Transaction by transaction, partnership by partnership, the connected economy is taking shape.
And the role of social media in this evolution is becoming increasingly important.
In just one example, Wednesday, June 22, Twitter and Shopify announced that merchants of the latter will now be able to view and update, in real time, dozens of posts in their Twitter profiles.
And in terms of mechanics, Twitter is launching a sales channel app for US Shopify merchants. This app will allow merchants to connect to Twitter’s Shopping Manager and then link and sync their product catalogs.
The relationship highlights two trends: The growing use of social media to find out what we want to buy; the need to meet consumer expectations that what they find and want to buy will be readily available.
After all, one of the biggest frustrations in commerce is out of stock, with the lack of transparency that comes after clicking through to the checkout page only to find the transaction will be impossible.
Modernize the catalog
We see the urgency of what we might call “catalog modernization” taking shape through consumer interactions, but also B2B.
As reported in this space for the past few weeks, Elastic Path CEO Jamus Driscoll told PYMNTS CEO Karen Webster that the traditional catalog “experience” is clunky and inefficient in its current digital incarnation.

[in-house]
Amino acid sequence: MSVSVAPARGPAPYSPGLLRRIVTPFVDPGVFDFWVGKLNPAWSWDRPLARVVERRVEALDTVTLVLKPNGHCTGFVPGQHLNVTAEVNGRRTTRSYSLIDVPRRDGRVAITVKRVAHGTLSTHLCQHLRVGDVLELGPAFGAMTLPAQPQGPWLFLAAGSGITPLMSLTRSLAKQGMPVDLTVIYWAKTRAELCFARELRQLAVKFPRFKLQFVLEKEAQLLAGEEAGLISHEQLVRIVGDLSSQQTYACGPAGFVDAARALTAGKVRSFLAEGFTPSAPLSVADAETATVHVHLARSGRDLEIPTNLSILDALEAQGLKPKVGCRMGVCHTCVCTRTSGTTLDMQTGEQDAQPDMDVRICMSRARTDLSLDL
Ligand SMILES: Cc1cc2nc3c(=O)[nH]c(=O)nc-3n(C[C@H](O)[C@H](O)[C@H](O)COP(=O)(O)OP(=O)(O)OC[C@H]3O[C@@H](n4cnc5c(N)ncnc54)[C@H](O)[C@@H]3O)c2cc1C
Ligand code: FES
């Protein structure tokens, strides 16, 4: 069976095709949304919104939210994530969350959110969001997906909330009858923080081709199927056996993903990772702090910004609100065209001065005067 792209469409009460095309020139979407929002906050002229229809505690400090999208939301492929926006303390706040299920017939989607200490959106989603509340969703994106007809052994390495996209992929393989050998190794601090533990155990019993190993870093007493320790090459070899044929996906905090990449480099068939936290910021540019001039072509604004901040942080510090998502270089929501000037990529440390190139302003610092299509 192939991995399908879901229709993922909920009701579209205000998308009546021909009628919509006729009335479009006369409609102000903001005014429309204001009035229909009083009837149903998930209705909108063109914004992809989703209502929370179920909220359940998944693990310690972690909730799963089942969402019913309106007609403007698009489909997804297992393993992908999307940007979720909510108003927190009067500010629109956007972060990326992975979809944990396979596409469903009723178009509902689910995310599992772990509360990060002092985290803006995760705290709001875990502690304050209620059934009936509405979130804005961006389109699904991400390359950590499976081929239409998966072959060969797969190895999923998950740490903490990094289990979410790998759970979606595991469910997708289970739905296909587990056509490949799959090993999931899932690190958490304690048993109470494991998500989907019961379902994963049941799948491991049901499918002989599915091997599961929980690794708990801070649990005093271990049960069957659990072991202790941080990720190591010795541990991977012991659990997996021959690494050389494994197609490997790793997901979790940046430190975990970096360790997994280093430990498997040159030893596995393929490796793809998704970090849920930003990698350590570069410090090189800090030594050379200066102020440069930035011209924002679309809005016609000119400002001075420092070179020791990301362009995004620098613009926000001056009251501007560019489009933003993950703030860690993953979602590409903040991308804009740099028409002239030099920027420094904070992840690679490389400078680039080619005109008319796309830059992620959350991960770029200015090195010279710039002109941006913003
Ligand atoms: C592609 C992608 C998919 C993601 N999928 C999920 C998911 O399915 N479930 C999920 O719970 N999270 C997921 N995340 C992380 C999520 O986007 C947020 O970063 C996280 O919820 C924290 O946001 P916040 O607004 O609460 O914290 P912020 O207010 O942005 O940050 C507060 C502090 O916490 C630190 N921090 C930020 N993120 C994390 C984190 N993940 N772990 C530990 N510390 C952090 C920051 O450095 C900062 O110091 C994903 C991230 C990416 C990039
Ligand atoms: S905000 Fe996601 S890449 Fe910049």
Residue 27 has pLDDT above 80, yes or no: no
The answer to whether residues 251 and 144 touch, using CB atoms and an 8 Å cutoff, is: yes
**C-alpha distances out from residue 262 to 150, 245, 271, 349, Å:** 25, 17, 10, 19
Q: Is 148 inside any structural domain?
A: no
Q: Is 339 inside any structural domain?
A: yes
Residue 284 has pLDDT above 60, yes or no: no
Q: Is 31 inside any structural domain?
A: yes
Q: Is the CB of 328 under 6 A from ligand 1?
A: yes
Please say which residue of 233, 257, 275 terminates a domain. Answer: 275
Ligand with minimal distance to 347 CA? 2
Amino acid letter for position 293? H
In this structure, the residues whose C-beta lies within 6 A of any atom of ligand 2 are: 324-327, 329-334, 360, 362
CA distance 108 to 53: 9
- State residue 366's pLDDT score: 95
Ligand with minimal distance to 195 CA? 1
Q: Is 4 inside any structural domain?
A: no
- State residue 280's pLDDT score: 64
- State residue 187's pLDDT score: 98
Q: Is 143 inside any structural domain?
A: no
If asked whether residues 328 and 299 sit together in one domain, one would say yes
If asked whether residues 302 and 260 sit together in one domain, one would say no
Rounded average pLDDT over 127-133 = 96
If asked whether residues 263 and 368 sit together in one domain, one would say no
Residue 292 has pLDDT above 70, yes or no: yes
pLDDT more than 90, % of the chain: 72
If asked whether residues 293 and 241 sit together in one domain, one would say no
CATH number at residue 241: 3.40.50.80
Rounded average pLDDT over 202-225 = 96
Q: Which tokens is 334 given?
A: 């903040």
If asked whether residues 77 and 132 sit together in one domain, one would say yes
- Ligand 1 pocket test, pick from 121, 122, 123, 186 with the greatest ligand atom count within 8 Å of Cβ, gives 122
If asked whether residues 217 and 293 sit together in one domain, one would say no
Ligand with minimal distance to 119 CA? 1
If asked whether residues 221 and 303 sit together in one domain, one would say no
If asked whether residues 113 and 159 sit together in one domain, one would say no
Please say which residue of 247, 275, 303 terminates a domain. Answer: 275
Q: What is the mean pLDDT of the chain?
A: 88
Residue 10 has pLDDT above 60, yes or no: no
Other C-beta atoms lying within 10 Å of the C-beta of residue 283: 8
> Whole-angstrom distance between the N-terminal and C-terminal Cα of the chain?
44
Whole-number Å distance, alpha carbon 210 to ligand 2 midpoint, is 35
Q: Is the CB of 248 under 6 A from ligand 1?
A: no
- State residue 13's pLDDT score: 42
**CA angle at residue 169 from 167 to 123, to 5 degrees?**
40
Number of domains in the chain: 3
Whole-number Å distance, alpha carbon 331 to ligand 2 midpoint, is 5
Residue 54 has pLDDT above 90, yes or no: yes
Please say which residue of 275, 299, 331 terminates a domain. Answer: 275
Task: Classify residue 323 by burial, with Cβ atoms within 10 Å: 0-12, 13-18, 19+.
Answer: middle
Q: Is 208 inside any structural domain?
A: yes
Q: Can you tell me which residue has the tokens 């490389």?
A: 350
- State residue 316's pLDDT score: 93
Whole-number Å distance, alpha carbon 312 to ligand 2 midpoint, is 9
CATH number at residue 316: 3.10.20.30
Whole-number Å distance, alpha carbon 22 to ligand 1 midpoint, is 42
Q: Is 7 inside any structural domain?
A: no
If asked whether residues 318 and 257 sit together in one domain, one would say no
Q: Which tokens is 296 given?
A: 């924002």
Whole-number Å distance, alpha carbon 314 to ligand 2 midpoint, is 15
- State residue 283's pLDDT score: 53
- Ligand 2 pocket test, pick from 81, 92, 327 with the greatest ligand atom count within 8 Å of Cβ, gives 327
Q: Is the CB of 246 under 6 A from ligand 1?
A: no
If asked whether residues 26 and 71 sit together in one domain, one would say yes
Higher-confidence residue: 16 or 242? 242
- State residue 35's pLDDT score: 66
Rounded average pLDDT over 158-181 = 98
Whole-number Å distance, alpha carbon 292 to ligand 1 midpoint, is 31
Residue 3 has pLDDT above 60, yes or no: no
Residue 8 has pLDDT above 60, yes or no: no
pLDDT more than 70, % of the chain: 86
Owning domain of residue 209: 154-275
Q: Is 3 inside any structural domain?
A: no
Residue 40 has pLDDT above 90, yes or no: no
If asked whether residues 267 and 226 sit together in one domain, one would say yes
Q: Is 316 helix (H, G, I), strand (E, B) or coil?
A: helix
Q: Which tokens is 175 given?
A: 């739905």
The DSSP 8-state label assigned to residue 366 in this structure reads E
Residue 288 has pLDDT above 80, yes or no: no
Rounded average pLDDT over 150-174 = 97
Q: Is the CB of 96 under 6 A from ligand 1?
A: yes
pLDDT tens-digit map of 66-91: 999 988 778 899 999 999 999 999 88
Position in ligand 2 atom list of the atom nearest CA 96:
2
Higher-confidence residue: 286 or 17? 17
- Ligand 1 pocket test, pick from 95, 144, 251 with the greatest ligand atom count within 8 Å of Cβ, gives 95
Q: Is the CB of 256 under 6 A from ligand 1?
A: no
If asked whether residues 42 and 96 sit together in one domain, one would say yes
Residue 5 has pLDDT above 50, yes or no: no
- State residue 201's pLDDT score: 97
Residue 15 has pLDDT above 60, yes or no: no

On the web, brands and businesses only have minutes, if not seconds, to fully engage the end user, whether it’s a consumer or a B2B transaction.
In this short window, they must offer the right product, in its context, at an attractive price. Vendors such as Elastic Path offer EP PXM, which in turn centralizes commercial product merchandising and catalog creation in one place.
Also read: Legacy catalogs undergo a digital transformation that enables easy real-time updates
Beyond ways to ensure that product information is updated, consistently and consistently, there is a noticeable blurring of boundaries in the connected economy, where cross-pollination makes social interaction inextricably related to purchases.
PYMNTS found in its latest deep dive into the connected economy that consumers are 40% more engaged in digital activities that don’t involve purchasing, such as streaming videos and hanging out with friends on social media. social, than those that are only about transactions, such as shopping and paying bills.
By integrating commerce into these interactions, we begin to see a broader continuum of activity that naturally leads to finding new items and services that become a priority and end up in online shopping carts. There is certainly room for “live shopping”, via social media, to take hold. Our research shows that digital transformation, as measured in 11 countries around the world, is only 27% complete.
Read more: How the world is going digital: Digital transformation is only reaching 27% of its full potential